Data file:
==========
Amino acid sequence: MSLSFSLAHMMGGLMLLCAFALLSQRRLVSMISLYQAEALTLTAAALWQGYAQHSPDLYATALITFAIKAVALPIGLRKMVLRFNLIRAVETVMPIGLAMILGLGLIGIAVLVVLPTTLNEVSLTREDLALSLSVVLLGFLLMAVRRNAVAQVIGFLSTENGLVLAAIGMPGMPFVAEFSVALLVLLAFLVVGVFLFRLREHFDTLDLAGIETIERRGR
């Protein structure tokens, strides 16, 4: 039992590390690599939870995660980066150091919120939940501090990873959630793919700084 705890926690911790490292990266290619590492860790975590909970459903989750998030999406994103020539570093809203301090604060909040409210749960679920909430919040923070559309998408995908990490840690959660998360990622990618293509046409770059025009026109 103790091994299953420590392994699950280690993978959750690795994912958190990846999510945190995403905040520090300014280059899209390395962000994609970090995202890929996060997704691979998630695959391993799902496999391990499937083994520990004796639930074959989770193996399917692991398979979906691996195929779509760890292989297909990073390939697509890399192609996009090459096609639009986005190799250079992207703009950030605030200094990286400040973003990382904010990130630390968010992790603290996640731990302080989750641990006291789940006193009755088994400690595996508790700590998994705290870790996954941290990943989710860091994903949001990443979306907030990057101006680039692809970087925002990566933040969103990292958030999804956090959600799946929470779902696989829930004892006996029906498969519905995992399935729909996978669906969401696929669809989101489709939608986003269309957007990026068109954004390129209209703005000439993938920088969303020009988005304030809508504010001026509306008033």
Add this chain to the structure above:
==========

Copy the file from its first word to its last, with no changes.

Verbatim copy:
Amino acid sequence: MSLSFSLAHMMGGLMLLCAFALLSQRRLVSMISLYQAEALTLTAAALWQGYAQHSPDLYATALITFAIKAVALPIGLRKMVLRFNLIRAVETVMPIGLAMILGLGLIGIAVLVVLPTTLNEVSLTREDLALSLSVVLLGFLLMAVRRNAVAQVIGFLSTENGLVLAAIGMPGMPFVAEFSVALLVLLAFLVVGVFLFRLREHFDTLDLAGIETIERRGR
């Protein structure tokens, strides 16, 4: 039992590390690599939870995660980066150091919120939940501090990873959630793919700084 705890926690911790490292990266290619590492860790975590909970459903989750998030999406994103020539570093809203301090604060909040409210749960679920909430919040923070559309998408995908990490840690959660998360990622990618293509046409770059025009026109 103790091994299953420590392994699950280690993978959750690795994912958190990846999510945190995403905040520090300014280059899209390395962000994609970090995202890929996060997704691979998630695959391993799902496999391990499937083994520990004796639930074959989770193996399917692991398979979906691996195929779509760890292989297909990073390939697509890399192609996009090459096609639009986005190799250079992207703009950030605030200094990286400040973003990382904010990130630390968010992790603290996640731990302080989750641990006291789940006193009755088994400690595996508790700590998994705290870790996954941290990943989710860091994903949001990443979306907030990057101006680039692809970087925002990566933040969103990292958030999804956090959600799946929470779902696989829930004892006996029906498969519905995992399935729909996978669906969401696929669809989101489709939608986003269309957007990026068109954004390129209209703005000439993938920088969303020009988005304030809508504010001026509306008033």
Add this chain to the structure above: